The Columbia aquifer, which is the uppermost hydrogeologic unit of the Coastal Plain in most of Maryland east of Chesapeake Bay, is used as a principal water supply throughout that area. The approximate western limit of the aquifer is shown on the map in figure 1, and the relation of the aquifer to other Coastal Plain aquifers is indicated on the cross section. The aquifer generally is unconfined, but deeper zones locally are confined by clay layers. Thin surficial alluvium and terrace gravels are present elsewhere in Maryland, but these are not commonly used for water supply and, thus, are not shown in figure 1.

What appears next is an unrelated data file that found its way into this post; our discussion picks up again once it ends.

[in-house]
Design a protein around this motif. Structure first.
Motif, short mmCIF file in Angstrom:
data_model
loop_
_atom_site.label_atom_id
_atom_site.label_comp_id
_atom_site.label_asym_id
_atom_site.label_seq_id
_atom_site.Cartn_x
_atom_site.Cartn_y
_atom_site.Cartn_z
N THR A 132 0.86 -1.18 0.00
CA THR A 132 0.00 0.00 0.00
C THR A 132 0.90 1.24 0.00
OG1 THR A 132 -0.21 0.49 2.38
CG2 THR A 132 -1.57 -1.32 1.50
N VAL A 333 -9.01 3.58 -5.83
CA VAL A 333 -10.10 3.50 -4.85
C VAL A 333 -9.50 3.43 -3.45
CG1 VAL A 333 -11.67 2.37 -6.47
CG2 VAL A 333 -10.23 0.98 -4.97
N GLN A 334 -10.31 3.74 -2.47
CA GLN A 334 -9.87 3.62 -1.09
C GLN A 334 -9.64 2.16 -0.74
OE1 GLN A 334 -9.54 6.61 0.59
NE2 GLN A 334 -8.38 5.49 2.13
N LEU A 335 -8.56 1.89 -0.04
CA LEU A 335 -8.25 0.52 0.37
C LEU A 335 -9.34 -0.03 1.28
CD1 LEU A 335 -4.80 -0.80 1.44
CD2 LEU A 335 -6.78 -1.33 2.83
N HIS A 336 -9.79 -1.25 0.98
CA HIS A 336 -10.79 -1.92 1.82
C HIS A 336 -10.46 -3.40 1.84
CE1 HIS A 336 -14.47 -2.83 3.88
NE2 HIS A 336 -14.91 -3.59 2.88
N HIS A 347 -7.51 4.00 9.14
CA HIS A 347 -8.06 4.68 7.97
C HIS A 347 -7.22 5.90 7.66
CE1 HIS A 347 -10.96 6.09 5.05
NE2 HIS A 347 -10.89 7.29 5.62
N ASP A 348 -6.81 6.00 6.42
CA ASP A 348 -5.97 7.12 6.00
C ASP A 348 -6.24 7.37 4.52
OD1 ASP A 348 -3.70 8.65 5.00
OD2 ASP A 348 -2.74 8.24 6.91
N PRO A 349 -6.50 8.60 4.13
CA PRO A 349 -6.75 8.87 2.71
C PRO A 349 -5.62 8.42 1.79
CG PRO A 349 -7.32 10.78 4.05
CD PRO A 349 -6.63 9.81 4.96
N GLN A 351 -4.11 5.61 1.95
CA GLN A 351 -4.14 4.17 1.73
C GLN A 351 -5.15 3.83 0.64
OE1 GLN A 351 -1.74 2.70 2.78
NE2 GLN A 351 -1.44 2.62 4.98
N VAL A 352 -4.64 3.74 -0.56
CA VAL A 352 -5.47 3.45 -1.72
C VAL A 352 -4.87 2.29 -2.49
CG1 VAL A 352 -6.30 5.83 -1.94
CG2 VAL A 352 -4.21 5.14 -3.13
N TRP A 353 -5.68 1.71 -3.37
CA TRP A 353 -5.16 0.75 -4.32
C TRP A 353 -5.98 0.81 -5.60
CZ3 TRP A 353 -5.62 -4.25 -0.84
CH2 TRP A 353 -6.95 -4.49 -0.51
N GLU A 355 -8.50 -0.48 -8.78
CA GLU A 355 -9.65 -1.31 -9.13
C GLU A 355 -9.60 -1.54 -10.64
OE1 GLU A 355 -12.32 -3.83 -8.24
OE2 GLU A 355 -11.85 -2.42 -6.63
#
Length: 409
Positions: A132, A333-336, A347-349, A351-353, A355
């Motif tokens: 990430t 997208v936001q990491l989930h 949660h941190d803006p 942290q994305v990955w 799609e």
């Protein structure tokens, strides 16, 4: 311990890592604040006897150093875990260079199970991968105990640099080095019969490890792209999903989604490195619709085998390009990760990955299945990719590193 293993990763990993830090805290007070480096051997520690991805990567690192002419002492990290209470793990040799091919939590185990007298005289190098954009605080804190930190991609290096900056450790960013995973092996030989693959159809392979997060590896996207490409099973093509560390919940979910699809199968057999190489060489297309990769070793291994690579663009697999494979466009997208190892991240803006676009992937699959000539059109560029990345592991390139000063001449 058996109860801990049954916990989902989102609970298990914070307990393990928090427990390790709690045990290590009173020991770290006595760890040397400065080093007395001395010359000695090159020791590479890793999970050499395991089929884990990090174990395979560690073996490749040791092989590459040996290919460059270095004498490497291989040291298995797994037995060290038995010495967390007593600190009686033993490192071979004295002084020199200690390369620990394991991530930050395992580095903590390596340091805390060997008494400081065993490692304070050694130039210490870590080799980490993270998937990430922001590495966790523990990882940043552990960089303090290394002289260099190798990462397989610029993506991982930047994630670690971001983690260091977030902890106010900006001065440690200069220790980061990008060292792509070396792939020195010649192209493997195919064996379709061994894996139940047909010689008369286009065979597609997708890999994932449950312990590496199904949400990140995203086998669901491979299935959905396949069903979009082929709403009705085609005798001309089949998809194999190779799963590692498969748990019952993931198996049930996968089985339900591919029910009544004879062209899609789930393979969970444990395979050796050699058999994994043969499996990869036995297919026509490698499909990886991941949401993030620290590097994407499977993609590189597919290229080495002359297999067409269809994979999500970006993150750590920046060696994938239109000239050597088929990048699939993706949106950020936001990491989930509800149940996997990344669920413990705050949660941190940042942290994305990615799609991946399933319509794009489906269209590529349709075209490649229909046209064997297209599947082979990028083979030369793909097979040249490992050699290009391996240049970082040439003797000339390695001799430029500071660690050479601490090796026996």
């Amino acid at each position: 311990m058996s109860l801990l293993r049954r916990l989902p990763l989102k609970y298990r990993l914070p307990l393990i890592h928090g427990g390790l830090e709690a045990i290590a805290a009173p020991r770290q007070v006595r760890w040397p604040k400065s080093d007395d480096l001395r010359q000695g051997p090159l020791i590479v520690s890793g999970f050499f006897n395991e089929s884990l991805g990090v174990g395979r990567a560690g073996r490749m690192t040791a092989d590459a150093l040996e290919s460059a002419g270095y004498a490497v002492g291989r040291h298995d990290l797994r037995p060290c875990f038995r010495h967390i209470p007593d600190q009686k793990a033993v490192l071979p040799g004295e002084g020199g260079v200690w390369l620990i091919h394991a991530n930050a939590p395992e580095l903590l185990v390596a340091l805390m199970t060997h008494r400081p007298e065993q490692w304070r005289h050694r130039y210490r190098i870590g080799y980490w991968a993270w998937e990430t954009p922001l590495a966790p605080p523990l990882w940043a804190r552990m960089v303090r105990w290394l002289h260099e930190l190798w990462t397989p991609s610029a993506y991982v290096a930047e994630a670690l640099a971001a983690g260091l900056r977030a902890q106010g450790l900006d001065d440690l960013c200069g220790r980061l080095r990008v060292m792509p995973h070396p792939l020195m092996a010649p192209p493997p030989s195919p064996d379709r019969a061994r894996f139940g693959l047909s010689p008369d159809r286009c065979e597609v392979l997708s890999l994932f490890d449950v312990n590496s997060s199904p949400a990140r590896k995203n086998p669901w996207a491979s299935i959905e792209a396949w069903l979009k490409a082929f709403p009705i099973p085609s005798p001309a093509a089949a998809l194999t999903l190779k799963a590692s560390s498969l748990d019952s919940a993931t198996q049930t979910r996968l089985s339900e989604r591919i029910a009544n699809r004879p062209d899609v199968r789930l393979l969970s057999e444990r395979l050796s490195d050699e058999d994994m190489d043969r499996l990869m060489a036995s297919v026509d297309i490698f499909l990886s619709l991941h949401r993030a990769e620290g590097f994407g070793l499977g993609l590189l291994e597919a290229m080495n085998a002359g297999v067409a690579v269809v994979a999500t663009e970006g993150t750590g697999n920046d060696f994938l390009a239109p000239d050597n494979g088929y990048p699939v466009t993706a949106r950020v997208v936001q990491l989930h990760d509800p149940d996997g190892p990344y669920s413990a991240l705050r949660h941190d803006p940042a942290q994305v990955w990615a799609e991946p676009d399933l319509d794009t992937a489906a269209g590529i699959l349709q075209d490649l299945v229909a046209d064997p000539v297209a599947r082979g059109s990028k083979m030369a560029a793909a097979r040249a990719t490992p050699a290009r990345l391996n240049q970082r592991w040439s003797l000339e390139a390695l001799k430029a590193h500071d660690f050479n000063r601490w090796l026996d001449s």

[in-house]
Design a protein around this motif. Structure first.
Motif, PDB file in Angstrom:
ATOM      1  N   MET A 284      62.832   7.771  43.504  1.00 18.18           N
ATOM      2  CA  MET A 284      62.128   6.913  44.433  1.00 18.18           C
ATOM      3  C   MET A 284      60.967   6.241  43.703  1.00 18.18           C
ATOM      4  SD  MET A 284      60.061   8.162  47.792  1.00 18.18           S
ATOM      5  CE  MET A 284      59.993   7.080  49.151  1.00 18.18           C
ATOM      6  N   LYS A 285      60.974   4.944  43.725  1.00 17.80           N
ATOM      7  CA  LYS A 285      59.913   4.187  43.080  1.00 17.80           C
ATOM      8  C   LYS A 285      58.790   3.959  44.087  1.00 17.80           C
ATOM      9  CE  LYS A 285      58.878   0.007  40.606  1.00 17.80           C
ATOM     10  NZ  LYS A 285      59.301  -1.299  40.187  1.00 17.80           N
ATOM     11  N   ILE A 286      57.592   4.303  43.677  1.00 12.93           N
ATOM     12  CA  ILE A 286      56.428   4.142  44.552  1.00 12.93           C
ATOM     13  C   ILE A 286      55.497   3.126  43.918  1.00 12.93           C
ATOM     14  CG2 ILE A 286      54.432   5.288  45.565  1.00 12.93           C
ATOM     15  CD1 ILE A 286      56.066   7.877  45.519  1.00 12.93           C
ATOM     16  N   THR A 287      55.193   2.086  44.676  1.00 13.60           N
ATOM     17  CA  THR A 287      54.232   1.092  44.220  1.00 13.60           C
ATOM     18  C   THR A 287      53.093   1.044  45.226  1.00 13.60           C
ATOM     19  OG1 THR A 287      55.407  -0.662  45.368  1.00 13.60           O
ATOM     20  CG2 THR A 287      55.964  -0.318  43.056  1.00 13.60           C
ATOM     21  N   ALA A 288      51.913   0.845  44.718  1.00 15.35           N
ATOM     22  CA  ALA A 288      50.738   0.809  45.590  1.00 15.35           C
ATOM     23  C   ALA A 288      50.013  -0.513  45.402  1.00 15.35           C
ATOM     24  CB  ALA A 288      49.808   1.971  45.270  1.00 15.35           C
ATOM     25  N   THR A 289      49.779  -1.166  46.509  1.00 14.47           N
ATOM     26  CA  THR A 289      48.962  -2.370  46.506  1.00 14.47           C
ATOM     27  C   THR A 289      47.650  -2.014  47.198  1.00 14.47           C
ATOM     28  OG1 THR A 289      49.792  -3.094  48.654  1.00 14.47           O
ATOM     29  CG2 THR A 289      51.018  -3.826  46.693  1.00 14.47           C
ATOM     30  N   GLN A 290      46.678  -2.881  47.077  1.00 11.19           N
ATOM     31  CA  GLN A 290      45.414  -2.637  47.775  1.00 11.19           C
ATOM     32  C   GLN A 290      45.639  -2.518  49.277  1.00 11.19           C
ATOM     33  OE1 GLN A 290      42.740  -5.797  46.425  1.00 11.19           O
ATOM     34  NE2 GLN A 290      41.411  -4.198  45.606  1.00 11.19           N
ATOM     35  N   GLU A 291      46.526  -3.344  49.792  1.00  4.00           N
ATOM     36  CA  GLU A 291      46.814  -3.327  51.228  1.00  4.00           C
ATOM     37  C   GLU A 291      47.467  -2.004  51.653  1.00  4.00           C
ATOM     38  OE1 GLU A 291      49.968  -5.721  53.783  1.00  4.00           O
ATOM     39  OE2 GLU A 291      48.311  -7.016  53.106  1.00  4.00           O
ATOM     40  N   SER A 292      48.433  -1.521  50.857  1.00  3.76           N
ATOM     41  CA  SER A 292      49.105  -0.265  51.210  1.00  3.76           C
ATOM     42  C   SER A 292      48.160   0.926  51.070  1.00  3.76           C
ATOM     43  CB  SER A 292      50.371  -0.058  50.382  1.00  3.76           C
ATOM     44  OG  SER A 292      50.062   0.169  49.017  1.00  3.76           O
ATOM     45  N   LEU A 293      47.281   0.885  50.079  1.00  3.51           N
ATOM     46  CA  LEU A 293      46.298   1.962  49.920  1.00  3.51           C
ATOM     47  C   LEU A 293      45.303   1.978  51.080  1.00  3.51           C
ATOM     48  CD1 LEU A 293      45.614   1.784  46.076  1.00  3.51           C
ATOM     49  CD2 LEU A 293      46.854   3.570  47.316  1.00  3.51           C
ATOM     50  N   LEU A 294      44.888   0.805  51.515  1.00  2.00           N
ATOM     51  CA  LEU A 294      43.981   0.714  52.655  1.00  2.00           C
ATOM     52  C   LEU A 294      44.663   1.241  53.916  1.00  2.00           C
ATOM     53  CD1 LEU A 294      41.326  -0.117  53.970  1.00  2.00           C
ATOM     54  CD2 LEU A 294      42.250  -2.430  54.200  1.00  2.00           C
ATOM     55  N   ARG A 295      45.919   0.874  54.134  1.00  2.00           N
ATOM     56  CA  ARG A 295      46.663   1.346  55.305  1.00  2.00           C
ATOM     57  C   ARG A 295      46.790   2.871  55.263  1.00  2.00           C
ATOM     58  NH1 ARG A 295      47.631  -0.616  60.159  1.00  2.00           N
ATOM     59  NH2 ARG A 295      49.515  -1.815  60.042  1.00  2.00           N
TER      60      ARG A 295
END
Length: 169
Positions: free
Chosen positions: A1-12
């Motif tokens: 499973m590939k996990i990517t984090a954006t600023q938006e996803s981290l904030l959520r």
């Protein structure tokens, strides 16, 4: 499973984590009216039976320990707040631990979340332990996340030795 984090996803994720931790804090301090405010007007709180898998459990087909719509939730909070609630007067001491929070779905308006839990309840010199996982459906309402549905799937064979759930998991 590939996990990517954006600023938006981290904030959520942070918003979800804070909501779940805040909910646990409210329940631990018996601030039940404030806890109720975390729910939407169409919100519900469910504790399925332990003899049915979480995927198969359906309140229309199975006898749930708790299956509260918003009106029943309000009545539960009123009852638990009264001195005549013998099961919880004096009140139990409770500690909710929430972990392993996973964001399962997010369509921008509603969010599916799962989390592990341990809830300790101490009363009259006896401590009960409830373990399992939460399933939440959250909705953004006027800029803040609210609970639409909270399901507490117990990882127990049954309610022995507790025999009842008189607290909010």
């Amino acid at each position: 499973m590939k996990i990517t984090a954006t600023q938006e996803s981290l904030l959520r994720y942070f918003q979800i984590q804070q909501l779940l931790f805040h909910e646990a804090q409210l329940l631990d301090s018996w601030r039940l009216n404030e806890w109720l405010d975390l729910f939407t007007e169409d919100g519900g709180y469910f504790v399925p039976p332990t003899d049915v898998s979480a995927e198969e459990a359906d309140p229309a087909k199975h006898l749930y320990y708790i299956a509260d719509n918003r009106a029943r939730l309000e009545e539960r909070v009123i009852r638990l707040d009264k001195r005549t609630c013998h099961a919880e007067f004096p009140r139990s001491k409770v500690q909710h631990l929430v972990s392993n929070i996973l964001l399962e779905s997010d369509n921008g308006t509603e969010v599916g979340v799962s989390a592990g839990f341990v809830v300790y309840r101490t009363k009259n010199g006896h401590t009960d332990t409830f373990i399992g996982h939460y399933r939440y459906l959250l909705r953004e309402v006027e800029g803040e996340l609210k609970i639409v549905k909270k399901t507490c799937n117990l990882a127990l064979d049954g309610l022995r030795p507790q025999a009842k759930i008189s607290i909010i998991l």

The aquifers in the Chesapeake Group are used mostly east of the Chesapeake Bay. These include the Cheswold, Federalsburg, and Frederica aquifers, which are used from Dorchester to Queen Annes Counties, and the Manokin, Ocean City, and Pocomoke aquifers, which are used in Somerset, Worcester, and Wicomico Counties. The Piney Point aquifer, which does not crop out, is tapped by wells in an area about 40 miles (mi) wide between Caroline and St. Marys Counties. The Aquia aquifer supplies water to an area about 50 mi wide between Kent and Queen Annes Counties in the northeast and Charles and St. Marys Counties in the southwest. The Magothy aquifer is used in a triangular area with corners in Cecil, Charles, and Dorchester Counties. Aquifers in the Potomac Group are used for water supply primarily north and west of Chesapeake Bay from Cecil to Charles Counties. From Baltimore County to Charles County, the group includes the Patuxent and Patapsco aquifers. In Cecil and Harford Counties, the aquifers are not differentiated and are called the Potomac aquifer. The Patuxent and Patapsco aquifers are the only Coastal Plain aquifers used for water supply in the District of Columbia.